Early electrical performance

      Of the 701 patients with available pacing capture thresholds at implant, 87.2% had a pacing capture threshold ≤1.0 V and 97.0% had a pacing capture threshold ≤2.0 V (mean 0.6 ± 0.5 V at 0.24 milliseconds). Among the patients with available pacing capture thresholds available at 3 months (n = 39) and 6 months (n = 25), the average pacing capture thresholds were 0.5 ± 0.3 V and 0.6 ± 0.3 V, respectively. The average impedance was 721 ± 181 Ω at implant, 634 ± 143 Ω at 3 months, and 572 ± 115 Ω at 6 months. The mean R-wave amplitude was 11.4 ± 5.3 mV at implant. Based on 54 participants who had a minimum of 180 days of pacing data, the preliminary estimate of median battery longevity is 14.9 years, although 40.7% of these patients had cumulative pacing <5%.

       Early safety versus the investigational cohort

      Compared with patients from the IDE study, significantly fewer patients in the Post-Approval Registry had congestive heart failure, coronary artery disease, hypertension, chronic obstructive pulmonary disease, or atrial fibrillation (Supplemental Table 1). The mean left ventricular ejection fraction was significantly lower among patients in the Post-Approval Registry, and significantly more patients in the registry had no venous access for a transvenous pacemaker or had a previously implanted cardiac device, as the latter was an exclusion criterion in the IDE study.
      The major complication rate trended lower in the registry compared with that of the IDE study (1.51% vs 2.89%; odds ratio, 0.515, 95% CI, 0.251–1.053; P = .0691), although this did not reach statistical difference. After adjusting for baseline characteristics, the major complication rate remained lower in the registry (odds ratio, 0.58, 95% CI, 0.27–1.25; P = .16). The reduction in major complications was associated with a decrease in events that led to hospitalization, prolonged hospitalization, or loss of device function (Table 3). Among the 795 patients in the registry, there were fewer cardiac effusion/perforation major complications, compared with the 726 patients from the IDE study (1 patient, 0.13% vs 10 patients, 1.38%). The number of major complications related to the groin puncture site was similar in both studies (6 events, 0.75% for the registry vs 5 events, 0.69% for the IDE study).

      Discussion

      This interim report from the Micra TPS Post-Approval Registry has demonstrated a high level (99.6%) of successful implants with a low level (1.51%) of major complications. To our knowledge, this represents the first large-scale report of a TPS in the post-approval setting. These data closely mirror the findings of the Micra IDE study that demonstrated a similarly high level (99.2%) of implant success with a low level (2.89%) of major complications through 30 days.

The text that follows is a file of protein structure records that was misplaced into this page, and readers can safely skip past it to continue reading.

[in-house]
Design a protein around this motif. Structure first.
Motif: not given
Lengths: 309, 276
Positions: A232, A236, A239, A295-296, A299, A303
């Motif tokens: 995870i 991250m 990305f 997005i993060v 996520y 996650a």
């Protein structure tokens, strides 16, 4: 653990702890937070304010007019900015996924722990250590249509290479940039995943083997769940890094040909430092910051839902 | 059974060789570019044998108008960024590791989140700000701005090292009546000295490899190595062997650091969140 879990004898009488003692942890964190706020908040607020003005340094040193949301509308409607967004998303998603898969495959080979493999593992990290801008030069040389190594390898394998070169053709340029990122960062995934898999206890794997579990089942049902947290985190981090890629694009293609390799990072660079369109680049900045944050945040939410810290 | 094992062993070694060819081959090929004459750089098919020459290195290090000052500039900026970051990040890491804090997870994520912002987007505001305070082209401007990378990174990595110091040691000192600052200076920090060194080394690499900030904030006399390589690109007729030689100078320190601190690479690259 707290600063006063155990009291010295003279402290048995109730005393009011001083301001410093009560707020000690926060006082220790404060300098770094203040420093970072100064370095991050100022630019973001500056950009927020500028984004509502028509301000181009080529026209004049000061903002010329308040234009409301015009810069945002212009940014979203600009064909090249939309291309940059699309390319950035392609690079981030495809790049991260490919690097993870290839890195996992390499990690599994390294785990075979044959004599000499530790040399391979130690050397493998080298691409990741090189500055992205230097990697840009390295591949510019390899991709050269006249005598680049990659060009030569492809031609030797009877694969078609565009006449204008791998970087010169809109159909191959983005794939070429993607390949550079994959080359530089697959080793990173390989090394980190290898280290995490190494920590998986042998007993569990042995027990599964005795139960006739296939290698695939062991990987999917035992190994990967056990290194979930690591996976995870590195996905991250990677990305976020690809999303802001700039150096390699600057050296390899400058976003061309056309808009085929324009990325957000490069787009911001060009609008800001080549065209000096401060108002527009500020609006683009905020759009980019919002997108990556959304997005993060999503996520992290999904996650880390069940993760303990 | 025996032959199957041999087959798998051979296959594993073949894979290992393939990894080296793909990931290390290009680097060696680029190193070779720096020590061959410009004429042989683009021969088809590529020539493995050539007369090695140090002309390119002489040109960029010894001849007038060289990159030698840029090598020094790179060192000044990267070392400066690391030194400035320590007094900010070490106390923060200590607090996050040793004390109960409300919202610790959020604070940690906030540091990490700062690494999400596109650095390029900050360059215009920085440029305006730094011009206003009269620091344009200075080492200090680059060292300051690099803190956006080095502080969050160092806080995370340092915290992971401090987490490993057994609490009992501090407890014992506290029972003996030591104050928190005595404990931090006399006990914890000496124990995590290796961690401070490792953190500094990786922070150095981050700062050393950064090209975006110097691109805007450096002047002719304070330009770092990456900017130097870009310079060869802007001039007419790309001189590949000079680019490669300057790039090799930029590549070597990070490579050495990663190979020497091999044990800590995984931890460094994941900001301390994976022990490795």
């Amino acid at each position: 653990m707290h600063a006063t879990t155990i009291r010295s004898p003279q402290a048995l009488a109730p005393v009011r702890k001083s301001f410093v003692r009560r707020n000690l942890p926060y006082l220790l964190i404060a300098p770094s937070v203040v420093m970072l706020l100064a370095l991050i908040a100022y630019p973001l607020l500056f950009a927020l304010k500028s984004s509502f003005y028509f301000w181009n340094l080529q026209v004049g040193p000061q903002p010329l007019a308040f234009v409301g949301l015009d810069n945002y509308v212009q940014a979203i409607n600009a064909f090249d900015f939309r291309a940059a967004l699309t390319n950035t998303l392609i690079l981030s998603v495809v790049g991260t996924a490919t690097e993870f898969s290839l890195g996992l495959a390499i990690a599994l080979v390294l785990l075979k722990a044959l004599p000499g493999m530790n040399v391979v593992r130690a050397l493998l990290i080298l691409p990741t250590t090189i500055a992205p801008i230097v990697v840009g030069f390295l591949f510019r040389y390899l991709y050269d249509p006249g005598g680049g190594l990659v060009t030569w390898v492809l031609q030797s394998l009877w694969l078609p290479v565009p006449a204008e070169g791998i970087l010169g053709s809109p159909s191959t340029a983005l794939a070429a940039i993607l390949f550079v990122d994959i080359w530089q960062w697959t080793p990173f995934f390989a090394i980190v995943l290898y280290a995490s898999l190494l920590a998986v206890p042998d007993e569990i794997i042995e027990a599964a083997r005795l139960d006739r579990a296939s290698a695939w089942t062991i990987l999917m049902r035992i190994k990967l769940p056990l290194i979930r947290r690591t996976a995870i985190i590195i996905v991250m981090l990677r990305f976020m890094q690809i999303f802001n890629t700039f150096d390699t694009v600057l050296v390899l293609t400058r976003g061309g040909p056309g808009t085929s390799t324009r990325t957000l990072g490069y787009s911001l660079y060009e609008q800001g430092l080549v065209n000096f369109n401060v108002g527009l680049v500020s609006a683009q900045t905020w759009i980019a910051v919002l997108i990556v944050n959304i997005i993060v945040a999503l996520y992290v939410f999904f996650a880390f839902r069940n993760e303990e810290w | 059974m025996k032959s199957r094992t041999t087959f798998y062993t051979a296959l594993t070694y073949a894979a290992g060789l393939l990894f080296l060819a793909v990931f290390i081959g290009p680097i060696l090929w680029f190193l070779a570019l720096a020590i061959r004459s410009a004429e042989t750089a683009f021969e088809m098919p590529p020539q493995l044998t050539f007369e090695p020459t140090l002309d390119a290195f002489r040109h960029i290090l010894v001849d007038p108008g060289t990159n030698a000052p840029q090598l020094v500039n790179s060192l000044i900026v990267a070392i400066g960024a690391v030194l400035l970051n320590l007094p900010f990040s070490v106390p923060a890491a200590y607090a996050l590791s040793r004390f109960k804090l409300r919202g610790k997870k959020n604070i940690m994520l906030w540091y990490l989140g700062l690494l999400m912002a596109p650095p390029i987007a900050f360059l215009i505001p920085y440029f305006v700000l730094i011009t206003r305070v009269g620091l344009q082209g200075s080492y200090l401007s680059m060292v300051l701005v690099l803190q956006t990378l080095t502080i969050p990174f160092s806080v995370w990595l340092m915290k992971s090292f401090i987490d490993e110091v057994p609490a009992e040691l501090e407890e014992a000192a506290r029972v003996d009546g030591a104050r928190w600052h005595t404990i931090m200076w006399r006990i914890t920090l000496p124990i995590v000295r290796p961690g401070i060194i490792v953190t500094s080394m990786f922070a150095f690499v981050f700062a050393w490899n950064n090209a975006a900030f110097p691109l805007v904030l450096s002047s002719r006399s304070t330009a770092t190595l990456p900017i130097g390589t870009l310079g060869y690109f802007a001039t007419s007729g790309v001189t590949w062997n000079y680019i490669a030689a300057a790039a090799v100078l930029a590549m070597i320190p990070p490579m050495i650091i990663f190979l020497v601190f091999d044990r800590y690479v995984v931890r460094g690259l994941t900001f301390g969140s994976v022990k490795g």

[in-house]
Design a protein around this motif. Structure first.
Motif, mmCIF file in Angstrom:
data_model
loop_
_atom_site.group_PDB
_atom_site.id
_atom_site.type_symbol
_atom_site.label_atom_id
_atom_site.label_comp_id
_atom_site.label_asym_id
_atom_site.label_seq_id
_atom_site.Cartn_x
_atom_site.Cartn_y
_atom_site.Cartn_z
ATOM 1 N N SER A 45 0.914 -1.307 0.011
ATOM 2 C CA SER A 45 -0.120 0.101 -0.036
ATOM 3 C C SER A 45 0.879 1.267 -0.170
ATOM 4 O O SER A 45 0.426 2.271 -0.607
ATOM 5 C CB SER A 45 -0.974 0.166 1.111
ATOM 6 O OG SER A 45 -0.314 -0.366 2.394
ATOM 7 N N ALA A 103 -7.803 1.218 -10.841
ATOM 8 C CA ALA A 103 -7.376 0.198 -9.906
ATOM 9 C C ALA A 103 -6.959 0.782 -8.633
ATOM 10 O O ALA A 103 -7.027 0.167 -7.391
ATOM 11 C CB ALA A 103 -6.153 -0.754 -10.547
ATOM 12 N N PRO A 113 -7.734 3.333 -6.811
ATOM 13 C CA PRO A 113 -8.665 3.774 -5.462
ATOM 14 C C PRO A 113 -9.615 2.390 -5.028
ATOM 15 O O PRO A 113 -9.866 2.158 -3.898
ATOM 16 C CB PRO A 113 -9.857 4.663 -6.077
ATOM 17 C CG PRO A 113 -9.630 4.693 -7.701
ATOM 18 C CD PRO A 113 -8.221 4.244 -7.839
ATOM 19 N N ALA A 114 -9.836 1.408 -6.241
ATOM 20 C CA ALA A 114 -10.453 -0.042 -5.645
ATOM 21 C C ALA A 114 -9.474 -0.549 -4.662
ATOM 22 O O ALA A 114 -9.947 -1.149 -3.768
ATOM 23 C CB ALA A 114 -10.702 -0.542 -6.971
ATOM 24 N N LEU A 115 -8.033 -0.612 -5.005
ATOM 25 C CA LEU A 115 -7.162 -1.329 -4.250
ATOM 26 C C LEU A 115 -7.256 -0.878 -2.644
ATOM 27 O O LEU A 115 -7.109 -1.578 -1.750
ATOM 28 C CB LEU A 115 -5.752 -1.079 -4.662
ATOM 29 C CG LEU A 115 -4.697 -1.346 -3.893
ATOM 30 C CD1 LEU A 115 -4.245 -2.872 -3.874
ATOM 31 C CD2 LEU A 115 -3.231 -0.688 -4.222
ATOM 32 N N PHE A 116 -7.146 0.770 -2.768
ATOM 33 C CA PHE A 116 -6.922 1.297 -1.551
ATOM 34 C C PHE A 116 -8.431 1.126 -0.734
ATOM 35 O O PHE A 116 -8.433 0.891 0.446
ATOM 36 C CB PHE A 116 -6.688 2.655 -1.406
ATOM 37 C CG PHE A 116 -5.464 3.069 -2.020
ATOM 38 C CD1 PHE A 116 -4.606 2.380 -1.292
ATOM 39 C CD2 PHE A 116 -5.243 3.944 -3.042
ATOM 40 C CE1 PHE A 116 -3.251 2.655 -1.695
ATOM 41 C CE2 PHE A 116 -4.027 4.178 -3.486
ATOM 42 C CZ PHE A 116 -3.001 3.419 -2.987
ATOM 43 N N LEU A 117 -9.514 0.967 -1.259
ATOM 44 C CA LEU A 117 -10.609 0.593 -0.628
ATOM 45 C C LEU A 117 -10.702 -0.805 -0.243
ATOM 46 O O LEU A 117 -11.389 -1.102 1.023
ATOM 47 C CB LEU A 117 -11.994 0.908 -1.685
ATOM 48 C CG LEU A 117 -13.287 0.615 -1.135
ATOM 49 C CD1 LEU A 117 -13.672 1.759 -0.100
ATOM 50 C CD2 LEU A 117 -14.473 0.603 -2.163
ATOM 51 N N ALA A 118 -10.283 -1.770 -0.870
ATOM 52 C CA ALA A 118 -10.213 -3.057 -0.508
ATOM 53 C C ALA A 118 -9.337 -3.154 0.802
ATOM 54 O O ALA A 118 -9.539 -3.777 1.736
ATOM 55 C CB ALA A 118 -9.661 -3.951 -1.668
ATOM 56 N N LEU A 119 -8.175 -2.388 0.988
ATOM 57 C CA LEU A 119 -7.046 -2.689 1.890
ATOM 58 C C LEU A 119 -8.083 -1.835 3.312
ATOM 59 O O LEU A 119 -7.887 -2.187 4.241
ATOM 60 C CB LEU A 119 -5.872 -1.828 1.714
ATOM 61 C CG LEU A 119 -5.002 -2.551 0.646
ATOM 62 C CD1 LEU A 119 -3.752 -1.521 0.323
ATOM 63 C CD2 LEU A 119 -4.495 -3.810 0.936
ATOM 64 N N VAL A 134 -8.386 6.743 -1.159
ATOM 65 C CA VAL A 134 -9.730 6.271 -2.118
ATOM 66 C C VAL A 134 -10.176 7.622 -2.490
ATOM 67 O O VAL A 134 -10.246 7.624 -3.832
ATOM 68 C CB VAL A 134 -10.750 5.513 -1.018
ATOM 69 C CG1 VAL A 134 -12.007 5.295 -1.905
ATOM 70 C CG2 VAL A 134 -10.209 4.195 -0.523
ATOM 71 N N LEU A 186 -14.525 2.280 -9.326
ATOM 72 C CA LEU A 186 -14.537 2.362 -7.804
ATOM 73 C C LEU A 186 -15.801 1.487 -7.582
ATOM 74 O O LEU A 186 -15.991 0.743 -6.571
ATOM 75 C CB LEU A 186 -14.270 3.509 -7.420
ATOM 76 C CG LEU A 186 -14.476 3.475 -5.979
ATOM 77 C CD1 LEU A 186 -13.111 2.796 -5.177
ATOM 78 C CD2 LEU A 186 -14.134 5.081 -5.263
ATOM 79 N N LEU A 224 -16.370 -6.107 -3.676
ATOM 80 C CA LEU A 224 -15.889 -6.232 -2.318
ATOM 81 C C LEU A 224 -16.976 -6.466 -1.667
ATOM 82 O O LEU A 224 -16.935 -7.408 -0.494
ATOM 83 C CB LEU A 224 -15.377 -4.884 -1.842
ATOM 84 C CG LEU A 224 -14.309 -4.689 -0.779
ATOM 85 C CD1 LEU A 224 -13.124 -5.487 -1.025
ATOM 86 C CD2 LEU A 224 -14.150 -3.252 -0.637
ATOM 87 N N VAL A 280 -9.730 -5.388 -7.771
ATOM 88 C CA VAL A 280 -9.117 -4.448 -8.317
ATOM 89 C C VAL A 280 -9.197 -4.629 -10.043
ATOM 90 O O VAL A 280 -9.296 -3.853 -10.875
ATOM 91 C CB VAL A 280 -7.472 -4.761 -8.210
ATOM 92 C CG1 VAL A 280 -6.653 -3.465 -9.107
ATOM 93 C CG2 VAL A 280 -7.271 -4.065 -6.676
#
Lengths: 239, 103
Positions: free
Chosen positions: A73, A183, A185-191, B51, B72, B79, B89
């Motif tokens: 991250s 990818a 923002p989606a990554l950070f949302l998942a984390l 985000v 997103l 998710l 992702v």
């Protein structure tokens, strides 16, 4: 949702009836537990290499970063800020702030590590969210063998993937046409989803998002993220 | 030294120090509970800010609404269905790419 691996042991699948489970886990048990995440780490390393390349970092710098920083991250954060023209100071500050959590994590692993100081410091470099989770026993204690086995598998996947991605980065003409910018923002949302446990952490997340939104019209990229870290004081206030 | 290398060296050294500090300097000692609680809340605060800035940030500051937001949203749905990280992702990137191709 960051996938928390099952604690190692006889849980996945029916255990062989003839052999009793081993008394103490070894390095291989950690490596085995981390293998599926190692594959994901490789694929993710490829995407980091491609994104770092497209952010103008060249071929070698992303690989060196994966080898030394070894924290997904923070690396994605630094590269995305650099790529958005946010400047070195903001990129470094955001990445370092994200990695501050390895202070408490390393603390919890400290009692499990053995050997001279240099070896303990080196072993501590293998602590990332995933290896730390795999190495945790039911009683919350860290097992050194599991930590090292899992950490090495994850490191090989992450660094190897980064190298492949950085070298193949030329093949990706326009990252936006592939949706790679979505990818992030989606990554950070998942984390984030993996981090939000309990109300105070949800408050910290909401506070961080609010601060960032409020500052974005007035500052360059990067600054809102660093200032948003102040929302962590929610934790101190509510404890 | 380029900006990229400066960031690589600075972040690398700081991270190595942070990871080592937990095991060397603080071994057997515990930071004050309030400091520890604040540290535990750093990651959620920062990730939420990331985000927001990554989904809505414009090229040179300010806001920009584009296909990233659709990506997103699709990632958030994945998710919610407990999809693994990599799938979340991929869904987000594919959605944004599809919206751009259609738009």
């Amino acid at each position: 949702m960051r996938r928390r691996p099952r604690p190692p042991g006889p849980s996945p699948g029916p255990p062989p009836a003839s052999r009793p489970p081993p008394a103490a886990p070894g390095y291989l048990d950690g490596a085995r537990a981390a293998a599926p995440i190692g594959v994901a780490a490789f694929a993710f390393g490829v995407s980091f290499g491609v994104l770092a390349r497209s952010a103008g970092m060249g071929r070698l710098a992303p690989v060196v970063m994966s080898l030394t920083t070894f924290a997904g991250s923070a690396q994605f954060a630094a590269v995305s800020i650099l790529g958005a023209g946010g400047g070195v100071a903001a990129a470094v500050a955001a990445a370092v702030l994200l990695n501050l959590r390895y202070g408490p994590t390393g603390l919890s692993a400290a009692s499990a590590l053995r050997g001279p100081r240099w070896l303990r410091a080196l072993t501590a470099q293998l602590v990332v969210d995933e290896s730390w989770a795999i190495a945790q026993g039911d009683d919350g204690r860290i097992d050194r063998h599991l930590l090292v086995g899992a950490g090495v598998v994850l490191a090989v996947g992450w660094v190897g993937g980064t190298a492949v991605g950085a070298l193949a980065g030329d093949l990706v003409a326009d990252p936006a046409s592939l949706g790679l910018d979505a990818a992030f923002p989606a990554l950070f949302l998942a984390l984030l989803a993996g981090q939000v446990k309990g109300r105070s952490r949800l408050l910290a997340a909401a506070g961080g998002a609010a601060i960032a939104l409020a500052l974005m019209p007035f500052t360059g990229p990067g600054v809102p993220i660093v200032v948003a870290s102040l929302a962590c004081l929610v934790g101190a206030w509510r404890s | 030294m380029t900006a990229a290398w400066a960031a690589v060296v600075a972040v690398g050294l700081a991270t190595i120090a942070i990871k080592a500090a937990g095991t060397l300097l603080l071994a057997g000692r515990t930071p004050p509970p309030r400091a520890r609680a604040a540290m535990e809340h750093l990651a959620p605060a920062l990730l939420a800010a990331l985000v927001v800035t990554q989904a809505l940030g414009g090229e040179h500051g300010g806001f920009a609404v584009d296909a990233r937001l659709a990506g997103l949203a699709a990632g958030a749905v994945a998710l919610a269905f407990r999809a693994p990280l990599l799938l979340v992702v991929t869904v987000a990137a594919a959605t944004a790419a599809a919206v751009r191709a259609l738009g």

• Duray G.Z.
      • Ritter P.
      • El-Chami M.
      • et al.
      Micra Transcatheter Pacing Study Group
      Long-term performance of a transcatheter pacing system: 12-Month results from the Micra Transcatheter Pacing Study.
      Given the novelty of the technology and implantation technique, appropriate concern has been raised over the consistency of the implant success and complication rates as a wider adoption took place. However, results from this early interim report demonstrate impressive consistency with the results from the IDE study, even though 86.6% of implanters were new and did not implant Micra prior to this registry. Further, 77.3% of cases were successfully deployed with ≤2 deployments.
      The patient demographics are slightly different between the groups, with the registry population having less congestive heart failure, coronary artery disease, hypertension, chronic obstructive pulmonary disease, and atrial fibrillation, but a higher percentage of patients had no venous access for a transvenous pacemaker. The mean ejection fraction within the registry group was lower, and there was a significant number of patients (13.1%) that had a previously implanted cardiac implantable electronic device. Of note, 20.9% of registry patients had a condition that precluded the use of a transvenous pacemaker. The primary indication for pacing in both studies was what would be considered a conventional single-chamber indication for pacing with permanent atrial fibrillation, although the percentage was slightly higher in the IDE study (64% vs 57.7%).
      The outstanding electrical performance of Micra TPS has also been maintained within the registry population, with a 97% implant threshold of <2 V, and 87.2% had a pacing capture threshold ≤1 V, similar to what was reported for the IDE study.
      • Piccini J.P.
      • Stromberg K.
      • Jackson K.P.
      • et al.
      Micra Transcatheter Pacing Study Group
      Long-term outcomes in leadless Micra transcatheter pacemakers with elevated thresholds at implantation: results from the Micra Transcatheter Pacing System Global Clinical Trial.
      The average impedance was 721 ± 181 Ω at implant, and the mean R-wave amplitude was 11.4 ± 5.3 mV. Longer-term follow-up in the IDE study has shown a trend to improvement of these parameters with time.